The Maryland Transit Administration released significant revisions Tuesday to its draft plan for a new system of Baltimore bus routes, with 86 percent of the initially proposed routes revised based on more than 1,280 suggestions.
This second draft restored several bus routes that drew outcry when the first version eliminated them, including routes on Greenmount Avenue, Harford Road, Garrison Boulevard and Edmondson Avenue, as well as an express bus from White Marsh to downtown.
The MTA's $135 million overhaul known as BaltimoreLink is designed to eliminate inefficiency and long waits in the bus system, and reduce a bottleneck of bus routes converging downtown by shortening and consolidating them into 12 shorter, high-frequency lines known as CityLink.
When first announced last fall, the project faced criticism from those who complained that their routes had been cut short or canceled altogether.
Kevin Quinn, the transit administration's director of planning, said riders have complained that the system is broken, disconnected, crowded, unclean and unreliable. The MTA's goal, he said, is to give the bus system "a haircut to reduce these super-long routes."
The MTA held the first of 20 work group meetings Tuesday — this one at State Center — to collect feedback on the second draft, which will be revised again before being finalized and implemented in June 2017. Other meetings will be held elsewhere over the next three months.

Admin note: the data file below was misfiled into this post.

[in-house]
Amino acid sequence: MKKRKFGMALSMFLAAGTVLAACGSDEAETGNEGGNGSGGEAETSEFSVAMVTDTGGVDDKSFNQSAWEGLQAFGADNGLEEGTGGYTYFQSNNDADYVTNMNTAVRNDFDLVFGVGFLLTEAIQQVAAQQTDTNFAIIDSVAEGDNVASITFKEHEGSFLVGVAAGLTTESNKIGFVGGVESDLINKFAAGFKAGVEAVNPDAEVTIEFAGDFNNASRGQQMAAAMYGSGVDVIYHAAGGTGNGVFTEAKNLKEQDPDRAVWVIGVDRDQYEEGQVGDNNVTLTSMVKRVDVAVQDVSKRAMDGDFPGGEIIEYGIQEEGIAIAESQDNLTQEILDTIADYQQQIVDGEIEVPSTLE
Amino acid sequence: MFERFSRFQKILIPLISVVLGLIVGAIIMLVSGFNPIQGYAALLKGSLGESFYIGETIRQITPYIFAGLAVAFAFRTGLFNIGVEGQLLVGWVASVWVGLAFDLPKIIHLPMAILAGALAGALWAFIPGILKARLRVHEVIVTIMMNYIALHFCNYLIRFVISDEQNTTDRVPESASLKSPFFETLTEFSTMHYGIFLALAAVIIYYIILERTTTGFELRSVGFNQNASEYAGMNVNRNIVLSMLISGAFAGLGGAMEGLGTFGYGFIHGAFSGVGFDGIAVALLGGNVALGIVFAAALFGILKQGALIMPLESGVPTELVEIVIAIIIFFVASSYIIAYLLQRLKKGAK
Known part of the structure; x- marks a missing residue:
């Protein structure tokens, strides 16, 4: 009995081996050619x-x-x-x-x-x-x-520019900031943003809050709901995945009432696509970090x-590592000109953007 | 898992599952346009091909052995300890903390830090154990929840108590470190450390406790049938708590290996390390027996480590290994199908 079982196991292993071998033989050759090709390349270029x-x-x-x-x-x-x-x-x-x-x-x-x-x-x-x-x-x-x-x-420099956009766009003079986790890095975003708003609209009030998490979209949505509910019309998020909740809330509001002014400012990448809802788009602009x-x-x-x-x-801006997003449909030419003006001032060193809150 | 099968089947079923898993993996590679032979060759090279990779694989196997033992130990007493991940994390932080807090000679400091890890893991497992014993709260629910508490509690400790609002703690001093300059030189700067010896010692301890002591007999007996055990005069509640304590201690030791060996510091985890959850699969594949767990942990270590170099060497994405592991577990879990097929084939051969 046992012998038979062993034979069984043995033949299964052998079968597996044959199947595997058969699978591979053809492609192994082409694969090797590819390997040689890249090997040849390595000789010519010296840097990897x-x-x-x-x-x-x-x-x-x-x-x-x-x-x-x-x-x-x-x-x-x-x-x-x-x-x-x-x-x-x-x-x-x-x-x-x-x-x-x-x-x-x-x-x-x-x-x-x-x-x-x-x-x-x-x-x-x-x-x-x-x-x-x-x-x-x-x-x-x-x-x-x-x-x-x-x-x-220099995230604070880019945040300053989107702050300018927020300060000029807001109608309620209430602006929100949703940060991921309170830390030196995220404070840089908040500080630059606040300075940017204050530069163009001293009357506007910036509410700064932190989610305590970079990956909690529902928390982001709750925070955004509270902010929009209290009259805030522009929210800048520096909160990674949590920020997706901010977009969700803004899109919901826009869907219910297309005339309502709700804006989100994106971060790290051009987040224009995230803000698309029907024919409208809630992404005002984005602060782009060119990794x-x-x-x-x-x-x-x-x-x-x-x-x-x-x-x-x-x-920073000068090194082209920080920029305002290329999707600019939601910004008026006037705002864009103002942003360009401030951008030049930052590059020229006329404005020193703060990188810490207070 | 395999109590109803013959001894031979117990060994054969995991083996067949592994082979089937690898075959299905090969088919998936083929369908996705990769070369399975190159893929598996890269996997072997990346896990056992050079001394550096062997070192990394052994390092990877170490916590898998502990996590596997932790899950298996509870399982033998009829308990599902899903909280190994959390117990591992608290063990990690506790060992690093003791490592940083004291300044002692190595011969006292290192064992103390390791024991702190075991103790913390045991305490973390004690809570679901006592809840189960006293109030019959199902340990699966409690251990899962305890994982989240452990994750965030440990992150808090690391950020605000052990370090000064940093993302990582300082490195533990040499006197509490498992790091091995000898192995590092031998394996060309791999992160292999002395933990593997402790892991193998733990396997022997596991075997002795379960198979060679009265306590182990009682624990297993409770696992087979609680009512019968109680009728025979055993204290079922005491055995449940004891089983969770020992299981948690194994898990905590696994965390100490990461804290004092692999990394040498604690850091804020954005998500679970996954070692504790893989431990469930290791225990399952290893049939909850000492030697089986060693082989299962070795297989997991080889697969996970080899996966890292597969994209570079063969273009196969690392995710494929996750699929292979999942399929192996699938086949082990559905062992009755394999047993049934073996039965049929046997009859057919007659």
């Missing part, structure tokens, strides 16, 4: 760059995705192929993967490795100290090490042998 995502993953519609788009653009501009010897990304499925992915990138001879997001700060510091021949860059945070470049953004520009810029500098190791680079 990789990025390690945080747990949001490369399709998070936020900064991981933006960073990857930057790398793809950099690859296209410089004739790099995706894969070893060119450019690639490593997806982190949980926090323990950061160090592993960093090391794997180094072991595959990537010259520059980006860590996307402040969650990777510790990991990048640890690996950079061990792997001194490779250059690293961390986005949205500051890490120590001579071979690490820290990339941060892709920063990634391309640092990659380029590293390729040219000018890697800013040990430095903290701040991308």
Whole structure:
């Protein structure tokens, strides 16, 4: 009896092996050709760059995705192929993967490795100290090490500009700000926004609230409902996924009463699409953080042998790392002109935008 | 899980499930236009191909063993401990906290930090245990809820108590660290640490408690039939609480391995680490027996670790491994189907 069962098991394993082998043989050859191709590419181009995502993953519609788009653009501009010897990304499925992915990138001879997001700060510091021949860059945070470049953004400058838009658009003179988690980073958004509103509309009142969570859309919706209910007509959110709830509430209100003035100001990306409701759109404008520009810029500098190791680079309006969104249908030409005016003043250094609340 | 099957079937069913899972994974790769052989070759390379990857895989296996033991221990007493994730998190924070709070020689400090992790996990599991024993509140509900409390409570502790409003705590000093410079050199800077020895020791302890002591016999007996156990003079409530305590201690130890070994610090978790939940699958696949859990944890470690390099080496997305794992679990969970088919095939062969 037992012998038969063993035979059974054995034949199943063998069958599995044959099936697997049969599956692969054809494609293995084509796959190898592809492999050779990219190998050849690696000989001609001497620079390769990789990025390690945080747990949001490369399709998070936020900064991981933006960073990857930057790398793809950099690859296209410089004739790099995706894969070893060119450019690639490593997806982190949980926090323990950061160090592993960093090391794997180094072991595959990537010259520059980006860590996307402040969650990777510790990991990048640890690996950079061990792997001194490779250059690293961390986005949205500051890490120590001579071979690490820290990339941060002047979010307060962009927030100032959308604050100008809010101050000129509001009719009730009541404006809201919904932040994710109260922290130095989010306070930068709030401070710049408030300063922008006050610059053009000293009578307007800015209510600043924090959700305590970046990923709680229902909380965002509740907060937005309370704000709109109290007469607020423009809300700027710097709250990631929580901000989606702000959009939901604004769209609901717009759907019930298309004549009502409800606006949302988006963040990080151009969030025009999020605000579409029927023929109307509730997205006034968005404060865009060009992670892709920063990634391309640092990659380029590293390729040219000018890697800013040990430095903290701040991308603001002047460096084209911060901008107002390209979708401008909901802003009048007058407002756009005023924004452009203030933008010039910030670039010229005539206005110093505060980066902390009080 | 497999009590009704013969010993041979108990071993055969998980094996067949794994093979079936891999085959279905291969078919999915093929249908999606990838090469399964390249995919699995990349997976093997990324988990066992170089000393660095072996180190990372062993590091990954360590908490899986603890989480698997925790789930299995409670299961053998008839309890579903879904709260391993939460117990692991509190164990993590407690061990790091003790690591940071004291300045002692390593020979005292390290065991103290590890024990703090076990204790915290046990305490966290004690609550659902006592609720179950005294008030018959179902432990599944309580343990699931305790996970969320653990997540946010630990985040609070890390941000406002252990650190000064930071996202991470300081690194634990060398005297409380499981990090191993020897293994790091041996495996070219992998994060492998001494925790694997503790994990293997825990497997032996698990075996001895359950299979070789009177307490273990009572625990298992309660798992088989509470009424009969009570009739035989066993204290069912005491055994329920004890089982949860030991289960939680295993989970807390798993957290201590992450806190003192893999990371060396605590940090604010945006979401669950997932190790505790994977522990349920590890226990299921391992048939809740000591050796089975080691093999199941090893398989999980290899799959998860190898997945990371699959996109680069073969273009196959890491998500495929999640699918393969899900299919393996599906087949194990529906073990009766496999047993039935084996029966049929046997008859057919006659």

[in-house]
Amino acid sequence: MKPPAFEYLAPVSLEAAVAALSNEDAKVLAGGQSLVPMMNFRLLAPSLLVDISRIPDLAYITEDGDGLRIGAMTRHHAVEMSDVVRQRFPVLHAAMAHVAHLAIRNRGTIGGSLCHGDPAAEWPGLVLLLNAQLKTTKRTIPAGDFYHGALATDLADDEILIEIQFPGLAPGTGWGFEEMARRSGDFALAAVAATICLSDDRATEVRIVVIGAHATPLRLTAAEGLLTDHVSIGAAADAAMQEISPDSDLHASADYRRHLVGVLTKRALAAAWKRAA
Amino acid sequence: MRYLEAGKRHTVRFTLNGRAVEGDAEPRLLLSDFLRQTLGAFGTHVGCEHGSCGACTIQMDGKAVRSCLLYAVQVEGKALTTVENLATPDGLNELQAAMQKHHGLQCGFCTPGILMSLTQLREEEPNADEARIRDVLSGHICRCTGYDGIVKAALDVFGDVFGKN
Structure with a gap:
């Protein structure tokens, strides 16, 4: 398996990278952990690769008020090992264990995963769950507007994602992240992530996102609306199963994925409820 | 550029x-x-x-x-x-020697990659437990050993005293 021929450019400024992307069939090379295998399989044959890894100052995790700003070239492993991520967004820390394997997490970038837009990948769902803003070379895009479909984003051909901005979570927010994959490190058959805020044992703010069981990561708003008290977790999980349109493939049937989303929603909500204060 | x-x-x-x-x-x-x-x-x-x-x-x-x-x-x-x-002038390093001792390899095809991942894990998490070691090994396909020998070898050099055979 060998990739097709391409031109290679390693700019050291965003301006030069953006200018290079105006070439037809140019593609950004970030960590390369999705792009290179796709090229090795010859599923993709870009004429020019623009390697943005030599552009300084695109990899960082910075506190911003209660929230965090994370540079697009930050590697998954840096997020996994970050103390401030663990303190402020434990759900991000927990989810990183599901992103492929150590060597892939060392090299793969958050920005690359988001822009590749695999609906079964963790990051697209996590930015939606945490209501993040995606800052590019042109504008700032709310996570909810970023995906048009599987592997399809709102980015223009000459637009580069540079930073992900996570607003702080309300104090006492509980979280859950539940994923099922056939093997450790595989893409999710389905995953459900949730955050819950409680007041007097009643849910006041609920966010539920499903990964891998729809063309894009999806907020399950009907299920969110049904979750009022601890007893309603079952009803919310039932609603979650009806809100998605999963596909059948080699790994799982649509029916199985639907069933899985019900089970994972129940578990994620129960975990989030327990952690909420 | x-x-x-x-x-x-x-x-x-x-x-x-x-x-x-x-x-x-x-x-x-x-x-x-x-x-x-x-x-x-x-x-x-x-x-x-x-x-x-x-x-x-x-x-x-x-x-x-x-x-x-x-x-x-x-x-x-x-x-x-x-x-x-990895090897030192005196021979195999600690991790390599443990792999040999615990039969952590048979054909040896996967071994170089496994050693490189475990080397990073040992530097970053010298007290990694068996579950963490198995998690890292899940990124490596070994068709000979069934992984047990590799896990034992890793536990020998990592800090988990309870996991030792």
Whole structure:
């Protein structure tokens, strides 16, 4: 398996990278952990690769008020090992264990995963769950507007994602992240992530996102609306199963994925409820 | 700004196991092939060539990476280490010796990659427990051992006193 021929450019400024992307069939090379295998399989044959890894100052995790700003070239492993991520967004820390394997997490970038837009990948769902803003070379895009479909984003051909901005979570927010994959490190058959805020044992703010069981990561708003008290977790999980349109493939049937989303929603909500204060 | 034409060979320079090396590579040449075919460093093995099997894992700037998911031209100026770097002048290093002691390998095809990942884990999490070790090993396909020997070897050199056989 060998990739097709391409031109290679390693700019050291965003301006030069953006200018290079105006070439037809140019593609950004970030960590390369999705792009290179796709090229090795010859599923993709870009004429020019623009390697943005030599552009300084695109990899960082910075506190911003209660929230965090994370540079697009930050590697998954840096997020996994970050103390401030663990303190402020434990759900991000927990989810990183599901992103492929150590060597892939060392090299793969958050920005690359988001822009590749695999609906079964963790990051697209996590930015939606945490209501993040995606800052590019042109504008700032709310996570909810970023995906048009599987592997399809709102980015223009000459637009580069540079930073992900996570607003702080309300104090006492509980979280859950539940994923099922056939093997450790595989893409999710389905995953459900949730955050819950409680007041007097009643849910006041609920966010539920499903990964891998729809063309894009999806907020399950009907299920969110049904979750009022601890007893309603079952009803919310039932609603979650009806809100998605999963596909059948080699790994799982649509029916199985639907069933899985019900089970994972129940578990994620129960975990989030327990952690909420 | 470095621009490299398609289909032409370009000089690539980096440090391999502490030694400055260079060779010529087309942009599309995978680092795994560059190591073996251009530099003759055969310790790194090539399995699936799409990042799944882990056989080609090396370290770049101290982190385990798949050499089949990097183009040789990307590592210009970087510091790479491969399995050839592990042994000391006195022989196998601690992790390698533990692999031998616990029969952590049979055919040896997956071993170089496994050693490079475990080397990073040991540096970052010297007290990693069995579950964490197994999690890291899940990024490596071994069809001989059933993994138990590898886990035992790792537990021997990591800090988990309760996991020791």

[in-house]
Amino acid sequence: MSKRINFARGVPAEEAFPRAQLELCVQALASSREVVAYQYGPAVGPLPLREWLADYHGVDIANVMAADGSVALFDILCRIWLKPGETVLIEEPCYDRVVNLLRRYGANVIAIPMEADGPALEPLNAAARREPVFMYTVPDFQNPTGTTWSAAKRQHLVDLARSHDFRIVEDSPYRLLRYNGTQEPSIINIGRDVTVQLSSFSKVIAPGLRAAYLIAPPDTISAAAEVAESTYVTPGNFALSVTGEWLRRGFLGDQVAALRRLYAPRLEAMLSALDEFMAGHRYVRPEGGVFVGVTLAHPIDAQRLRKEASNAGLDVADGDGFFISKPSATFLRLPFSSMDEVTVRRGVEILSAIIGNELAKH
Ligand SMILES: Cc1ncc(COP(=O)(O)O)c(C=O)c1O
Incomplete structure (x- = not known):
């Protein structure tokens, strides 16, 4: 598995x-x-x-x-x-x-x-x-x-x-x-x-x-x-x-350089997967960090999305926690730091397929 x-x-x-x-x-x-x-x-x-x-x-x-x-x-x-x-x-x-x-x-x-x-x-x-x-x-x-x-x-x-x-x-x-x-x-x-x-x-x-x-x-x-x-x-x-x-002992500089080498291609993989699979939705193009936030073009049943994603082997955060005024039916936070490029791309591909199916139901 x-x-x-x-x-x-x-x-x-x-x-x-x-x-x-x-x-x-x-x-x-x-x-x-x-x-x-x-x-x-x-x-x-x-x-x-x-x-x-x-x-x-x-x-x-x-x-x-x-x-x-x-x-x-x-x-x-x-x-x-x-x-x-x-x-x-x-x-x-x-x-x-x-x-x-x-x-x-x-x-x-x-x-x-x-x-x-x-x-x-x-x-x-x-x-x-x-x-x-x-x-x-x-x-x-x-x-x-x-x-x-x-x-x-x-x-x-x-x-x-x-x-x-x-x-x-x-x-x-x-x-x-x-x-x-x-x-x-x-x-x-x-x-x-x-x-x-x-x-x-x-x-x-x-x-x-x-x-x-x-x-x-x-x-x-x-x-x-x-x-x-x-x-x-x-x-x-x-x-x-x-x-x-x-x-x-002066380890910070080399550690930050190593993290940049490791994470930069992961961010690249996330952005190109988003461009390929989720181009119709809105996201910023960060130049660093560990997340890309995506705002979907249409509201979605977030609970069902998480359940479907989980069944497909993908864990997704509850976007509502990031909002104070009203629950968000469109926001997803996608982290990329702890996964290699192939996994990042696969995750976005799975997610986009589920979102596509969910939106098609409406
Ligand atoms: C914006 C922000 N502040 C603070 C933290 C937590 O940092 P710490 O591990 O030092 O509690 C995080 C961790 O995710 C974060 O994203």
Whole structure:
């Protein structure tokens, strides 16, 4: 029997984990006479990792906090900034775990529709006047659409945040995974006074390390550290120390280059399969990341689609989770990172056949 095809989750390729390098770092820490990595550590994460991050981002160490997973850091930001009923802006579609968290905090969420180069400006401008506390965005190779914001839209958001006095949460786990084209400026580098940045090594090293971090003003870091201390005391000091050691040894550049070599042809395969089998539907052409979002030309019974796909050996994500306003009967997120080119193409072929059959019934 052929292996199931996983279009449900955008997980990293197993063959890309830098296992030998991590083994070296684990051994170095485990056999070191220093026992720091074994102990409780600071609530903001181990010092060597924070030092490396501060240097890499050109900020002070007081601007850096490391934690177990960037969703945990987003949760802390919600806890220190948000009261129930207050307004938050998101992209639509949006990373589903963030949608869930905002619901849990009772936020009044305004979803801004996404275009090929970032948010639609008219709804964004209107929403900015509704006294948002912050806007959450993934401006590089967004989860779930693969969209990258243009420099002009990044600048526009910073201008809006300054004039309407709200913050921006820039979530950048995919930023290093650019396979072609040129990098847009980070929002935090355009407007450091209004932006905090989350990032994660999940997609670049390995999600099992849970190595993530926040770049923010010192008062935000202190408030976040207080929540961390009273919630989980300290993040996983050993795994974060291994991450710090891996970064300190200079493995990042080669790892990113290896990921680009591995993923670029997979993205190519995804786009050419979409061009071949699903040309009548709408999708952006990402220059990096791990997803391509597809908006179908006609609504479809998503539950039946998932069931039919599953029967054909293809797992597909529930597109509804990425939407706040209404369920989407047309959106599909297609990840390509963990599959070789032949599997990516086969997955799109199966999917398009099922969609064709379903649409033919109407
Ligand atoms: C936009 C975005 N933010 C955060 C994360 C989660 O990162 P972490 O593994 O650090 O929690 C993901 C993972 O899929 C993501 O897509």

The new routes will come with new buses and bus stop signs, branded in the state's colors.
Quinn presented the revised plan with a slew of statistics:
•More than half, or 53 percent, of trips would require no transfers. Thirty-five percent will require one transfer, and 12 percent would require two or more. The average daily transfer rate would increase less than 2 percent.
•The average transit travel time — from getting to the bus stop, waiting for a bus, taking it to the destination and any transfers — would take, on average, 52 minutes.
•The new bus system is structured to bring an estimated 33,600 additional people within a quarter-mile of transit access, and another 60,700 more into range of frequent transit, a 4 percent and a 15 percent increase, respectively.
•The new routes would bring riders within a quarter-mile of 14 percent more jobs, or 34,400, by high-frequency bus.
•Twenty percent more jobs would be made accessible within 30 minutes by the new routes; 12 percent more would be accessible within 45 minutes; and 8 percent more within an hour, the MTA said.
•Five more hospitals, seven more pharmacies, 12 more supermarkets, four more libraries and 15 public schools would be served by the new routes.
Megan Shook, 72, a retired medical services specialist who lives in Guilford, said she wants to go carless but doesn't know whether it would be tenable. She takes the No. 11 bus from her home on Charles Street to the Inner Harbor. Under the new plan, it goes instead to City Hall.
"If you want people to ride the buses," she said, "you have to make it user-friendly."
Others expressed concerns about added transfers from the consolidated routes, signage, bus-tracking technology, wait times and state investment in its transit system.
Jacqueline MacMillan, a member of a North Baltimore group that advocated for changes to the initial plan, said she appreciates that the MTA working to improve the bus system. But she said she still has concerns about multiple transfers rendering the system inconvenient for riders.
"Transit has to be better than driving," she said. "We need a really good transit system to get people out of their cars and onto buses."